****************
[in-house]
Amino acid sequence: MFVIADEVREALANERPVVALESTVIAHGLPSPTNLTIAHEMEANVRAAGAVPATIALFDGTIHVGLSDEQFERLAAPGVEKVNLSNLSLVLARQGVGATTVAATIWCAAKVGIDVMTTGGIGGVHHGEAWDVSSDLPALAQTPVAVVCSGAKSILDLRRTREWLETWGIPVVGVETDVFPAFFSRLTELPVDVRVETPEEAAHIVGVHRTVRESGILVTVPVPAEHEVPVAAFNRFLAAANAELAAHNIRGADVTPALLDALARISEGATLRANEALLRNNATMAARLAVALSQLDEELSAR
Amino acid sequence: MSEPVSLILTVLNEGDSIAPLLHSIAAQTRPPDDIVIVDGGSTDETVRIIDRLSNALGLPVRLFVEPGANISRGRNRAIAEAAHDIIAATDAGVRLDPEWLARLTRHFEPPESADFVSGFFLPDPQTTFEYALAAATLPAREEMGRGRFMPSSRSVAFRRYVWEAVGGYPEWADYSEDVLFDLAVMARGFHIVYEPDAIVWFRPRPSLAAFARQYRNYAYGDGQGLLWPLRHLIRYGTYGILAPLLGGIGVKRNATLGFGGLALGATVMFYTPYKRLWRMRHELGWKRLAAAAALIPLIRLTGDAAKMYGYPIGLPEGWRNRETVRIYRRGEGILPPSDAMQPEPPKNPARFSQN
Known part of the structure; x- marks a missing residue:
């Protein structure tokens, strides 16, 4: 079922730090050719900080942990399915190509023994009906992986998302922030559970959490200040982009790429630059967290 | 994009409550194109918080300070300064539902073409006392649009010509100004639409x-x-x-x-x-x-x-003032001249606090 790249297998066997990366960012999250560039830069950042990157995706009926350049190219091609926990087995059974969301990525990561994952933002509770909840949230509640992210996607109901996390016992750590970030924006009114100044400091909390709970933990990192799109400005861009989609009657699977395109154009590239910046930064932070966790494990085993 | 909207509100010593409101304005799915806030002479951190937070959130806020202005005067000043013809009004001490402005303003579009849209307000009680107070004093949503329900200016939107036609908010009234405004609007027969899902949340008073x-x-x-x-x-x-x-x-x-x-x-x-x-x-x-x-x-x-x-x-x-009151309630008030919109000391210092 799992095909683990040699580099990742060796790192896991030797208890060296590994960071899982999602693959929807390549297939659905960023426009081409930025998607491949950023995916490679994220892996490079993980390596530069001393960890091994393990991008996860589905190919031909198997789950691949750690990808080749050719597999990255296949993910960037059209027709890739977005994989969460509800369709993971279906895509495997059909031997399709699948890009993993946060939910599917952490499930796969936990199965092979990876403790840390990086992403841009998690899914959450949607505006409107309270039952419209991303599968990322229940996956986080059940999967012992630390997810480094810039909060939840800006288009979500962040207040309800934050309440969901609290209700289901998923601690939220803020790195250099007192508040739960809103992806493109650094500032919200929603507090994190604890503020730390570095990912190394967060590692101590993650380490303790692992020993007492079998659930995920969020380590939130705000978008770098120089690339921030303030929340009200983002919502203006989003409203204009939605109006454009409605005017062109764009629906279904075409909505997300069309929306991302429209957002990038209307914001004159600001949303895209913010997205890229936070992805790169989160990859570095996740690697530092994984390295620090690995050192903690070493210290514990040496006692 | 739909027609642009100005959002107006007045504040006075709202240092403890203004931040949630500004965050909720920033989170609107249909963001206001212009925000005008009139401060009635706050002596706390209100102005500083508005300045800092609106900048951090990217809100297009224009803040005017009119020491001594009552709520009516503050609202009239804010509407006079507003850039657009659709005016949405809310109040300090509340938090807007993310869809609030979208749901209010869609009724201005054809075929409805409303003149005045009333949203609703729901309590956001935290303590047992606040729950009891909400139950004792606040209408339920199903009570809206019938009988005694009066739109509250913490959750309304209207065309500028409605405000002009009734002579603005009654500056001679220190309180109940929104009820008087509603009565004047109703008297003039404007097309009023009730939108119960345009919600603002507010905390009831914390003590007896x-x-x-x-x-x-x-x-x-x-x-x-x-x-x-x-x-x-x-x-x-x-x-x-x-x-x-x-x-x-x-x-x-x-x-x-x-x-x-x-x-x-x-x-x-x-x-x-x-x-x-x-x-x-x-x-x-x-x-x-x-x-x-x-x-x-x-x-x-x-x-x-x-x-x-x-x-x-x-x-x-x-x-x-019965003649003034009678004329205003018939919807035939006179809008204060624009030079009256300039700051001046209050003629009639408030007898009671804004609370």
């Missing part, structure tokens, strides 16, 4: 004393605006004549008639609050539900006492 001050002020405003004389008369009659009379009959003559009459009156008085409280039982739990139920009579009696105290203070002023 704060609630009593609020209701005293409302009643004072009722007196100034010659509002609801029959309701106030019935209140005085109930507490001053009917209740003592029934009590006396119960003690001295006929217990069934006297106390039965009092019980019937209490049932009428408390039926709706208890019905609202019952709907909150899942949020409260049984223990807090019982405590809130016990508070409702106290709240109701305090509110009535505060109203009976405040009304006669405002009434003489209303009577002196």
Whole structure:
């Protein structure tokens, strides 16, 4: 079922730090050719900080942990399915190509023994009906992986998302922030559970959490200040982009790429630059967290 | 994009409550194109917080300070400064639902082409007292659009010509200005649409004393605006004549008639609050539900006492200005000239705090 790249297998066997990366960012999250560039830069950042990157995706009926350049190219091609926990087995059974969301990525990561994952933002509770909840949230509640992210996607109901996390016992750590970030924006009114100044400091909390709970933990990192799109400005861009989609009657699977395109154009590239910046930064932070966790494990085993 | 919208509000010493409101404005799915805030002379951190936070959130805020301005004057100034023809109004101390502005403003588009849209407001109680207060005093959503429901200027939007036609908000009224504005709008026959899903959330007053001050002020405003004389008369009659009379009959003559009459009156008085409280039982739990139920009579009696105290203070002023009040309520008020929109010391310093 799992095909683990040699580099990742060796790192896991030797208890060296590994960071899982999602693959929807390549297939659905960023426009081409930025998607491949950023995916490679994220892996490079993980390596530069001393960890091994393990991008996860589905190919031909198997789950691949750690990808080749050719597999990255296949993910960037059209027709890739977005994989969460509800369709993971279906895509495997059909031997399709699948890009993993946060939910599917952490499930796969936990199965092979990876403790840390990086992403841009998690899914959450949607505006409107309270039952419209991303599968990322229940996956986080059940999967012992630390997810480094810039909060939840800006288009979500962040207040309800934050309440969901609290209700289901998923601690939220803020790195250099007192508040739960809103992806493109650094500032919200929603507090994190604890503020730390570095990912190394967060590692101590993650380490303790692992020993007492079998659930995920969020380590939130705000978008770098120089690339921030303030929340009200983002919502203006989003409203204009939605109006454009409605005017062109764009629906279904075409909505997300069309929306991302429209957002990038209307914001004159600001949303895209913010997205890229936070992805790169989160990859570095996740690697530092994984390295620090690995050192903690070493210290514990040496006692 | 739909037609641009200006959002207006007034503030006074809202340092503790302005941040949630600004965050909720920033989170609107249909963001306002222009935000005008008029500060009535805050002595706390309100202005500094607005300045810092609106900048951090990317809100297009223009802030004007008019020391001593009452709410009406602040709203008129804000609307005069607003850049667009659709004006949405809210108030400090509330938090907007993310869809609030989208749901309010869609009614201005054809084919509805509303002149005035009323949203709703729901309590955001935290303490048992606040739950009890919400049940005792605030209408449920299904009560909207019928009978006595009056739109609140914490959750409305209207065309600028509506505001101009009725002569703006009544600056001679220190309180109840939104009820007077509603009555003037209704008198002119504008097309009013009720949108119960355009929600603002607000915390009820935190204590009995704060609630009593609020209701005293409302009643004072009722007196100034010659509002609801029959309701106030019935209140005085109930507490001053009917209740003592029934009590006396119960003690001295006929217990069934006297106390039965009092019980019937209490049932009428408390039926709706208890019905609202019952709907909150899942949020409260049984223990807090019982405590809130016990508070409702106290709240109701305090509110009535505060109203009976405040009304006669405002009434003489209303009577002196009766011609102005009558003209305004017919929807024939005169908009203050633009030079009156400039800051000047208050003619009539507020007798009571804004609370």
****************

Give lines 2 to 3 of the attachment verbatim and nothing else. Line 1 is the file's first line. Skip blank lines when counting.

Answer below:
Amino acid sequence: MFVIADEVREALANERPVVALESTVIAHGLPSPTNLTIAHEMEANVRAAGAVPATIALFDGTIHVGLSDEQFERLAAPGVEKVNLSNLSLVLARQGVGATTVAATIWCAAKVGIDVMTTGGIGGVHHGEAWDVSSDLPALAQTPVAVVCSGAKSILDLRRTREWLETWGIPVVGVETDVFPAFFSRLTELPVDVRVETPEEAAHIVGVHRTVRESGILVTVPVPAEHEVPVAAFNRFLAAANAELAAHNIRGADVTPALLDALARISEGATLRANEALLRNNATMAARLAVALSQLDEELSAR
Amino acid sequence: MSEPVSLILTVLNEGDSIAPLLHSIAAQTRPPDDIVIVDGGSTDETVRIIDRLSNALGLPVRLFVEPGANISRGRNRAIAEAAHDIIAATDAGVRLDPEWLARLTRHFEPPESADFVSGFFLPDPQTTFEYALAAATLPAREEMGRGRFMPSSRSVAFRRYVWEAVGGYPEWADYSEDVLFDLAVMARGFHIVYEPDAIVWFRPRPSLAAFARQYRNYAYGDGQGLLWPLRHLIRYGTYGILAPLLGGIGVKRNATLGFGGLALGATVMFYTPYKRLWRMRHELGWKRLAAAAALIPLIRLTGDAAKMYGYPIGLPEGWRNRETVRIYRRGEGILPPSDAMQPEPPKNPARFSQN